I was recently sipping a cup of tea in Café Riche, Downtown Cairo’s 100-year-old café. I sat next to one of its windows, fenced with interlocking iron wires to close it off from the hurling sounds of the busy heart of town. As I was gazing at the adjacent clothing shop, words that I once read in the archives of the café came to mind.
At the turn of the twentieth century, the café’s premises extended to Talaat Harb Square with a garden in the middle that housed live performances by Aziz Eid, Umm Kalthoum and others. The performances eventually stopped as the owner had no license to run them and the British commanders, based in the area, were complaining about the noise.
As my senses were occupied imagining the garden, the performance and the angry Brits, I was interrupted by a phone message: “Come quickly. The real estate tax collectors are giving us a blast on Hussein Hegazi Street.” I gathered my scattered belongings, abandoned my daydreams, and set off to the twenty-first century streets of Downtown Cairo which I best know as they are today. I wanted to catch up with the witty chants of the tax collectors as they protested their low wages.
I belong to the offspring of a generation that constantly laments the degeneration of contemporary Cairo. I saw black and white pictures of the past featuring empty Cairene streets, stylishly dressed women in hats and elegant looking men. I had trouble identifying with those pictures, as the Cairo in which I now live is a very different place.
History has it that back in 1863, during Khedive Ismail’s rule, Cairo was a “city of bugs” which did not deserve to be visited; hearing about it was enough. The Khedive was unhappy with the label and wanted to transform Cairo into a “Paris of the East.” He strived to model it after Baron Haussman’s modernist urban and architectural development of the European city.
It took the city five years to begin resembling Khedive Ismail’s longed for colonial model. In 1872, he inaugurated Mohamed Ali Street, which extends between the Citadel and Bab el-Hadid Square (Ramses). An opera house was later established and different parts of the city were integrated with the construction of bridges like Qasr el-Nil Bridge and Abul Ela Bridge. Areas formerly occupied by ponds and agricultural lands became thriving squares such as the Abdeen Square, the Azbakiya Garden, el-Ataba el-Khadra Square, the Opera Square, Soliman Pasha Square (Talaat Harb), Khedive Tawfiq Square (Tawfiqeya) and Ismailiya Square (Tahrir), among others.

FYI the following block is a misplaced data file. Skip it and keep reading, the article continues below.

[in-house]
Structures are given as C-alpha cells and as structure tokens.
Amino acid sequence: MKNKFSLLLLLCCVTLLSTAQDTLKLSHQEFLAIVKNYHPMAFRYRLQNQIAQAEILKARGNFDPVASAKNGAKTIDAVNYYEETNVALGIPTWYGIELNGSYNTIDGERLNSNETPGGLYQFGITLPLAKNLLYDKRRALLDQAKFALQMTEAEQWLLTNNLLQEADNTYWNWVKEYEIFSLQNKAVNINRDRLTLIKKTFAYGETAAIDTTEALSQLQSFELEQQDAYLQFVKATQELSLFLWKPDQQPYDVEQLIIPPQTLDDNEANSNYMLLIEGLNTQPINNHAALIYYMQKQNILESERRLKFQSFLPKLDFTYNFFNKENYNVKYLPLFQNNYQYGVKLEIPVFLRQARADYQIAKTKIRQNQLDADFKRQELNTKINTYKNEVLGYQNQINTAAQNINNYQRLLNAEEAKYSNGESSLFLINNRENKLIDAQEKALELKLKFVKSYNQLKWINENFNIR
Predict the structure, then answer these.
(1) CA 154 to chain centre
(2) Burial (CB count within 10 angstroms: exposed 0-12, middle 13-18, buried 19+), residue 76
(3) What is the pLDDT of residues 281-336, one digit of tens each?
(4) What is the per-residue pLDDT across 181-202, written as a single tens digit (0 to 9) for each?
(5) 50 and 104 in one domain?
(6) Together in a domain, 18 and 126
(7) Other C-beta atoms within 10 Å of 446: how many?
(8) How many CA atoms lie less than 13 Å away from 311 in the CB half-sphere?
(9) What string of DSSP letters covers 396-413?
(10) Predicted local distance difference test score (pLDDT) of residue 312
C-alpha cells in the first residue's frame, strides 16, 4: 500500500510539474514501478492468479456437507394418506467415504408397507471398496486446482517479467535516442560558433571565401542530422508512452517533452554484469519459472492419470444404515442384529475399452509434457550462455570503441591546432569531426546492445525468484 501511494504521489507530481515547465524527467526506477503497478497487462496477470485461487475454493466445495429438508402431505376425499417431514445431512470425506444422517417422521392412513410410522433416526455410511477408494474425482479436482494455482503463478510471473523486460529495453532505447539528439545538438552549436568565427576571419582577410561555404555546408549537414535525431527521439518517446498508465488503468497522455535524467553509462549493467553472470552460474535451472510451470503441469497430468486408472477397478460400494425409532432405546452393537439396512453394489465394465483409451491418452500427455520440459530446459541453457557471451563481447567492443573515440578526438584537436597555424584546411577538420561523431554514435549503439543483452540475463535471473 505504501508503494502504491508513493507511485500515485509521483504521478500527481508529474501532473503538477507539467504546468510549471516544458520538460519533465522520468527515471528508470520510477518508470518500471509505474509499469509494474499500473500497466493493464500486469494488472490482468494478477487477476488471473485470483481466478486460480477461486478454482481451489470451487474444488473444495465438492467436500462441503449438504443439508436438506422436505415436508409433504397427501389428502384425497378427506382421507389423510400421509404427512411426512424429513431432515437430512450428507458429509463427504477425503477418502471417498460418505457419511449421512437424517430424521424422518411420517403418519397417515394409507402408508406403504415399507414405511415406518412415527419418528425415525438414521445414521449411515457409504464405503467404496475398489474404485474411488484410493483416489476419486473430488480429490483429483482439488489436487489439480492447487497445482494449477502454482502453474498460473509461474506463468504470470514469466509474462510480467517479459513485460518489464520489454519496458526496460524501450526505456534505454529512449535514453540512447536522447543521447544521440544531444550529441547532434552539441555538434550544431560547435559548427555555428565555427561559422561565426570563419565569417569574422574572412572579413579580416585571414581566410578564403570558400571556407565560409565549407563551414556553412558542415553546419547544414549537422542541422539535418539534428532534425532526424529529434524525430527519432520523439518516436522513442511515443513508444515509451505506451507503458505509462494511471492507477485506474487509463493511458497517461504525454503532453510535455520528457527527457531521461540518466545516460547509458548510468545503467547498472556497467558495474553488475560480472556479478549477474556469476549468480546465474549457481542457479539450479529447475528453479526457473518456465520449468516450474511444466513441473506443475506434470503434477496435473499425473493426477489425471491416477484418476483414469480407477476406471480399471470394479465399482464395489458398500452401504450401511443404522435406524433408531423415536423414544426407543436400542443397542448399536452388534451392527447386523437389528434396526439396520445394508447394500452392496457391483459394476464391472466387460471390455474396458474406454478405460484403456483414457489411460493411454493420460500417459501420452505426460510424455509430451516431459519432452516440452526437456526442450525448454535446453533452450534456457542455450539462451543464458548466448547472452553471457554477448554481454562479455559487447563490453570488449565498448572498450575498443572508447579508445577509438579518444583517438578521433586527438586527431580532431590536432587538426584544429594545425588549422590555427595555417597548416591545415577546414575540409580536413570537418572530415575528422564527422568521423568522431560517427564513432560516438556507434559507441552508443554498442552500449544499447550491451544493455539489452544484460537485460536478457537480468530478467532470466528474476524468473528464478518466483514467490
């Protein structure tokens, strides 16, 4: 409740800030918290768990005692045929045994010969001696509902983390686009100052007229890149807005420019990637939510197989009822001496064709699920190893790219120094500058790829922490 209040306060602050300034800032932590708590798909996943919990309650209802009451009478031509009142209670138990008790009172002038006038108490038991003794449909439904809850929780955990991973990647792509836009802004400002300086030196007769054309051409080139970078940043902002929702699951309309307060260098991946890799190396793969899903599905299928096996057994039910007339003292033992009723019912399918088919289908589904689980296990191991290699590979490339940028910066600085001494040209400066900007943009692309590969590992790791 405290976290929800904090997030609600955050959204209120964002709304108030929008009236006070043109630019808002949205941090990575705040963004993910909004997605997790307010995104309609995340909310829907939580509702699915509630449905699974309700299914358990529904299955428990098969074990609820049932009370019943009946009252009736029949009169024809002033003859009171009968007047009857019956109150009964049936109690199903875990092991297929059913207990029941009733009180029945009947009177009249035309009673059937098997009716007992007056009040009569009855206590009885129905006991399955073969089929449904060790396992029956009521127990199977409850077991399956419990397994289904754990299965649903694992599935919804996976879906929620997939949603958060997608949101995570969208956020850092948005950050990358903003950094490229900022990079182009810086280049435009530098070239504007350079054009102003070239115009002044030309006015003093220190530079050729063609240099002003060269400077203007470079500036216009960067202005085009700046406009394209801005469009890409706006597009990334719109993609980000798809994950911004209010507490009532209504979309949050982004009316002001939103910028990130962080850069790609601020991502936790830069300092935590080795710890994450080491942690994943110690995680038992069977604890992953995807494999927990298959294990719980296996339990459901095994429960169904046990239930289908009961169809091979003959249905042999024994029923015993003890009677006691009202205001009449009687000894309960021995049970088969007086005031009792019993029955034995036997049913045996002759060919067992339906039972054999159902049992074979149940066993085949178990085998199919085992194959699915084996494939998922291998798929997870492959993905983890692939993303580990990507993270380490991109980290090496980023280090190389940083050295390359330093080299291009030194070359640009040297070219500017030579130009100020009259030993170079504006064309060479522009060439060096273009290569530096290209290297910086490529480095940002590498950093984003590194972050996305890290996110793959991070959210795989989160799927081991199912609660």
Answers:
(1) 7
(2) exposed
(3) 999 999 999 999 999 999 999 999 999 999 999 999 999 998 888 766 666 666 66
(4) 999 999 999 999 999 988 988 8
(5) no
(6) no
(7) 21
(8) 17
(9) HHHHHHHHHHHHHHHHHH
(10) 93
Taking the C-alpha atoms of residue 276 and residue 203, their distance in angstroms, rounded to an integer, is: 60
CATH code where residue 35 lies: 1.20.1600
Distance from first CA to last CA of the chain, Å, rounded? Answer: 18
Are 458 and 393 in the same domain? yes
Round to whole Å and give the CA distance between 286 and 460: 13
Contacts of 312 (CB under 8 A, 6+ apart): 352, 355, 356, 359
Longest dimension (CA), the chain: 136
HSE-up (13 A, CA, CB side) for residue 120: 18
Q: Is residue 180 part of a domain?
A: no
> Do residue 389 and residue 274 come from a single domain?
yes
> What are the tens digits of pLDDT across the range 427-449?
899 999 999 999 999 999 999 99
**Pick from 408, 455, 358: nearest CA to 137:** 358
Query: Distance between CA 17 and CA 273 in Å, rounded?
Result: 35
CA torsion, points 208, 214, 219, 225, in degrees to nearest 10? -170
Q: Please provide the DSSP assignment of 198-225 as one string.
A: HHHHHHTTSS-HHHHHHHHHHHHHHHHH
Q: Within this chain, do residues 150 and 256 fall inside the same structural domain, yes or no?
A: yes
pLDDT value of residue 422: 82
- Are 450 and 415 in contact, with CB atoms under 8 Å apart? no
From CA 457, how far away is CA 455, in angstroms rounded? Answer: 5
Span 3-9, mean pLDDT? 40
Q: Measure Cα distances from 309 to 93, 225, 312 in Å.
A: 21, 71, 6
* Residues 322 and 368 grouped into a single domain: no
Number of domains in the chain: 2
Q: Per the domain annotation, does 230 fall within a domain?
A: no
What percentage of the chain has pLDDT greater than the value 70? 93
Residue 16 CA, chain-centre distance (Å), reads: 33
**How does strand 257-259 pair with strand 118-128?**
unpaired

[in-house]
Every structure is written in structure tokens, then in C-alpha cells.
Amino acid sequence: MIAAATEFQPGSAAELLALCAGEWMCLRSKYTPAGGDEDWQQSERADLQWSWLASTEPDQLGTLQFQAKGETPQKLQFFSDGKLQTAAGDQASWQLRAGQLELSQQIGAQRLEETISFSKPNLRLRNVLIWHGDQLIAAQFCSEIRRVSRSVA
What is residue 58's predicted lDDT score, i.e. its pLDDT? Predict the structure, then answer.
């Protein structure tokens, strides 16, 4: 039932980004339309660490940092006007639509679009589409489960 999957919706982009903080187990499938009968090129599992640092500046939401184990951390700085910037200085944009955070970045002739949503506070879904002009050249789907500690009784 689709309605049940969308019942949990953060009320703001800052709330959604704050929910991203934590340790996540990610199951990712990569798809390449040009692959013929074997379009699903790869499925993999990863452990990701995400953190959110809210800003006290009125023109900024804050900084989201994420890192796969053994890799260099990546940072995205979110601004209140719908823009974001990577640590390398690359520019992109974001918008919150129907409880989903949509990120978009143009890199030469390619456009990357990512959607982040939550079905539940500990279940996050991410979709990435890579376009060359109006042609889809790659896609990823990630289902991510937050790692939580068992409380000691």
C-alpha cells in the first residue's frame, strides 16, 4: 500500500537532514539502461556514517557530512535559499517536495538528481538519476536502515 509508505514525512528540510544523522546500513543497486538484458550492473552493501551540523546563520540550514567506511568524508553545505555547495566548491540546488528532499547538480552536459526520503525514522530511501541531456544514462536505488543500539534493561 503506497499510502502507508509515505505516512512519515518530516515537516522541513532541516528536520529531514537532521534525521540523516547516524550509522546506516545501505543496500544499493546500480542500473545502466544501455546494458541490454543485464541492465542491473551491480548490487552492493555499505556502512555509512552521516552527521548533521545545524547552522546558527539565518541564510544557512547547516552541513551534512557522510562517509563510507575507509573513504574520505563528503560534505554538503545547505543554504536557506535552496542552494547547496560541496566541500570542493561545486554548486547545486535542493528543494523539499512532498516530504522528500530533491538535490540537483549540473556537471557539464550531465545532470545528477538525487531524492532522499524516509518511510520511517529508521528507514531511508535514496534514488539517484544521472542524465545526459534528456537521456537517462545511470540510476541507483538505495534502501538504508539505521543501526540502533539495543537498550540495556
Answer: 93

The entrances to the modern city, which were used as garbage dumps, were also restored. To its north, Bab el-Hadid was established as the city’s northern gate and railway transit point. To its east, palaces and gardens replaced the small radish farms known as fagalla (fegl being the Arabic word for radish). The Khedive also paved a straight road to the western gate of the city where the Giza pyramids stand. And finally, the area around the southern gate, in Helwan and Maadi, was cleaned up and urbanized.
Roads with pedestrian compartments were paved. Gaslights were set. Gardens were planted with Indian, Sudanese and African plants. Palaces were established by the notables of Cairo who were summoned by the Khedive to take plots of land in the modernized city and build outstanding houses to embody its new urban identity.
Nowadays, the glamor of the city center as imagined by Khedive Ismail has been defeated by constant reinvention. Its claimed nineteenth-century modernity is overpowered by newer modernities, as manifested by satellite cities and suburban developments. But nostalgia cannot be the sole sentiment that colors memories of Downtown Cairo. The city center is a site of something else, something more contemporary.
Those of us who manage to escape this nostalgic trap find a contemporary glamor in Downtown Cairo’s run-down baladi cafés, its few independent art production spaces, and its fiery protests at times of national anguish.
Amid the revulsion of some of our elders and the nostalgic rants of some others, we constantly seek to renegotiate our relationship with the city by “doing” Downtown. The nostalgic accounts are historical references. The present is the untapped moment that nostalgia overshadows. We travel between the two while embarking on an exercise of interrogating our own visions and aspirations for the city.
“We won’t leave. We won’t leave,” chanted the real estate tax collectors from the pavement of Hussein Hegazi Street. Their vehement chants are a newborn beat to the heart of town.
We grab this moment and dwell on it.